Book cover for “How the Other Half Eats: The Untold Story of Food and Inequality in America,” by Priya Fielding-Singh, Ph.D.
How the Other Half Eats
The nonfiction book, How the Other Half Eats: The Untold Story of Food and Inequality in America, has been selected as the common reading book to be used by first-year and other Washington State University students across classes throughout 2024-25.
Read the News Release
Cover of the 2022-23 common reading book Braiding Sweetgrass: Indigenous Wisdom, Scientific Knowledge, and the Teachings of Plants. Author Robin Wall Kimmerer is shown next to the cover via a photo by Dale Kakkak.
Braiding Sweetgrass
Braiding Sweetgrass is the first book selection in the program’s history to be used for a second year, 2023-2024.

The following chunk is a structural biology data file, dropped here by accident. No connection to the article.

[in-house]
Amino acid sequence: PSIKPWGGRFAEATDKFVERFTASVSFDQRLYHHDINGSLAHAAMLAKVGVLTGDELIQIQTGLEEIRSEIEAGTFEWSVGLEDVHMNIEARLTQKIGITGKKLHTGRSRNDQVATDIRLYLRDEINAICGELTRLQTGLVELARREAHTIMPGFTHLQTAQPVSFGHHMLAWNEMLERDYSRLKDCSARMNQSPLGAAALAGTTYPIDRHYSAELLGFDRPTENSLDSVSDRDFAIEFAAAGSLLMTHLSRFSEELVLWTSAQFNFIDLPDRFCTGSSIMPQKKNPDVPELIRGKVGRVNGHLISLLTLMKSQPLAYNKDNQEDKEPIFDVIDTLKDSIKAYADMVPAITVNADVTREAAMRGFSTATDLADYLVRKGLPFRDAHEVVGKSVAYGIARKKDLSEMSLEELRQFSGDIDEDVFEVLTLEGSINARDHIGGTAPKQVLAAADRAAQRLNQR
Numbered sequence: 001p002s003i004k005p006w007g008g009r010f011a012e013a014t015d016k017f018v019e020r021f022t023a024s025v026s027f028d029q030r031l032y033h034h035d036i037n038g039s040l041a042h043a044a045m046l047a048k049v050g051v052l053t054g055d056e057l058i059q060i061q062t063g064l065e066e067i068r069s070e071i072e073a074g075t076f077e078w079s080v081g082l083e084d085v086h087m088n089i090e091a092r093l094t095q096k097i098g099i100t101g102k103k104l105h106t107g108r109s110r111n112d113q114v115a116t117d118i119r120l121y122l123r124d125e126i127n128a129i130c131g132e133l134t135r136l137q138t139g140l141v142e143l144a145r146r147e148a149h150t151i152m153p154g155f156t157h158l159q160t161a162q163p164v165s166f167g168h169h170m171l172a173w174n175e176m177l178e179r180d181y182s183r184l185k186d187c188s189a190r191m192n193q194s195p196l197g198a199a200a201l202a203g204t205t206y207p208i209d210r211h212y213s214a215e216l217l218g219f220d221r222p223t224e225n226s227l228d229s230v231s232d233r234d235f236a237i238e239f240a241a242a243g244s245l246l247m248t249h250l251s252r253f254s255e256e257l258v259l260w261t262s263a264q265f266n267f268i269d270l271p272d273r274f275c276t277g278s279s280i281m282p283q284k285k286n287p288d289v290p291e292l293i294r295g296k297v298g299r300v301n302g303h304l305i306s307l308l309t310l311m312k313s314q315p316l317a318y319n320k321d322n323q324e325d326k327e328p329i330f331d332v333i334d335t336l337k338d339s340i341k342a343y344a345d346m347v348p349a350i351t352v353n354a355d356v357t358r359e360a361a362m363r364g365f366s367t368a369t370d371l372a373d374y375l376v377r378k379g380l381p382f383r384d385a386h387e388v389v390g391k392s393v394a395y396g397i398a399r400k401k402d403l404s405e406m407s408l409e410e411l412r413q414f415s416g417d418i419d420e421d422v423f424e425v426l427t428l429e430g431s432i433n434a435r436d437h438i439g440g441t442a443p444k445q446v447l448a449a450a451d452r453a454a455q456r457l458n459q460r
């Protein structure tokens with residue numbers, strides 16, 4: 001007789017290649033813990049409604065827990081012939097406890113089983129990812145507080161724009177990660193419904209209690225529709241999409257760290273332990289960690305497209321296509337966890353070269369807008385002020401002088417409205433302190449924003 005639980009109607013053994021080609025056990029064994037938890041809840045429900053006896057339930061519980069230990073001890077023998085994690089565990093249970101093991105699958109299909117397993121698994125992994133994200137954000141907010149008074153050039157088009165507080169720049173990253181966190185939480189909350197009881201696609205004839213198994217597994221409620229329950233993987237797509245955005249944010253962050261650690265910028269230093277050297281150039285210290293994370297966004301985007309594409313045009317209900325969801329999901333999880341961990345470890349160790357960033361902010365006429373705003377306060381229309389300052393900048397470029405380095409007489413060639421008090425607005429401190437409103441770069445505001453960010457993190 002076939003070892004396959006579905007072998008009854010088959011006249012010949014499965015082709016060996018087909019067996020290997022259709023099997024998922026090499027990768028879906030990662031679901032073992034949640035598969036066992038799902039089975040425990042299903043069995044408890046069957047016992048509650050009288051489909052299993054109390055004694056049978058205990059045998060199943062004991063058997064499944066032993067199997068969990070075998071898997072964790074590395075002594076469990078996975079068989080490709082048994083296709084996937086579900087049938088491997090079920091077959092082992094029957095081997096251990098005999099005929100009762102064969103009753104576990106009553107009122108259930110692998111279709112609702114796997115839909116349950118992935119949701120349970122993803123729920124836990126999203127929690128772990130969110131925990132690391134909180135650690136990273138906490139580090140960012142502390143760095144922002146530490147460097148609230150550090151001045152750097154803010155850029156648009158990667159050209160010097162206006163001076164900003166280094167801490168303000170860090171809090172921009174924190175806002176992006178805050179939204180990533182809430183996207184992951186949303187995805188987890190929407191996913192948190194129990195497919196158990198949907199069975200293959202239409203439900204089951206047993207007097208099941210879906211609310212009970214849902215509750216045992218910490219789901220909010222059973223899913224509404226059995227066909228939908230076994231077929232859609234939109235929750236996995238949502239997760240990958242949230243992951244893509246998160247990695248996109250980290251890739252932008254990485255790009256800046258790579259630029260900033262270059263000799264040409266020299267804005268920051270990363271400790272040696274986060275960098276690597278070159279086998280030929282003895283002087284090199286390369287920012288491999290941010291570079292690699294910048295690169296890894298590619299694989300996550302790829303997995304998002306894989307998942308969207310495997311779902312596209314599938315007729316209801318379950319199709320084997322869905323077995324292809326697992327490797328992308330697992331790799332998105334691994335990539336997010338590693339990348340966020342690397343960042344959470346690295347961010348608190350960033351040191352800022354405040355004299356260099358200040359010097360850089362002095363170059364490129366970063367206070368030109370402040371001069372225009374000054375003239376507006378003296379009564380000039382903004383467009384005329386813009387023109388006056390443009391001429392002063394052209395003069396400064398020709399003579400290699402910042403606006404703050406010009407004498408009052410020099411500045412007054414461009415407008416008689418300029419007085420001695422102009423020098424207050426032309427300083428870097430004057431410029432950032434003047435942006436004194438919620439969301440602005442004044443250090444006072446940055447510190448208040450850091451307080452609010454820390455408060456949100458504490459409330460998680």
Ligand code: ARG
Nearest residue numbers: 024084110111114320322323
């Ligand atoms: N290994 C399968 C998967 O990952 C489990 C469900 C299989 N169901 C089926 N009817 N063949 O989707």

Welcome to the Common Reading program

Designed to connect students to their university community, the Common Reading Program at WSU is starting its 17th year.

Thousands of first-year and additional students have used the book—or topics from it—in their classes, prompting academic discussions with their faculty, interactions with staff and students in their residence halls, and participation at special events.

The program emphasizes experiential opportunities for students to hear speakers and engage with topics related to the book. More than 30 programs are already in place for students to attend or engage in this year, thanks to partnerships with many units across the university. Check the full fall calendar for listings.


About This Year’s Book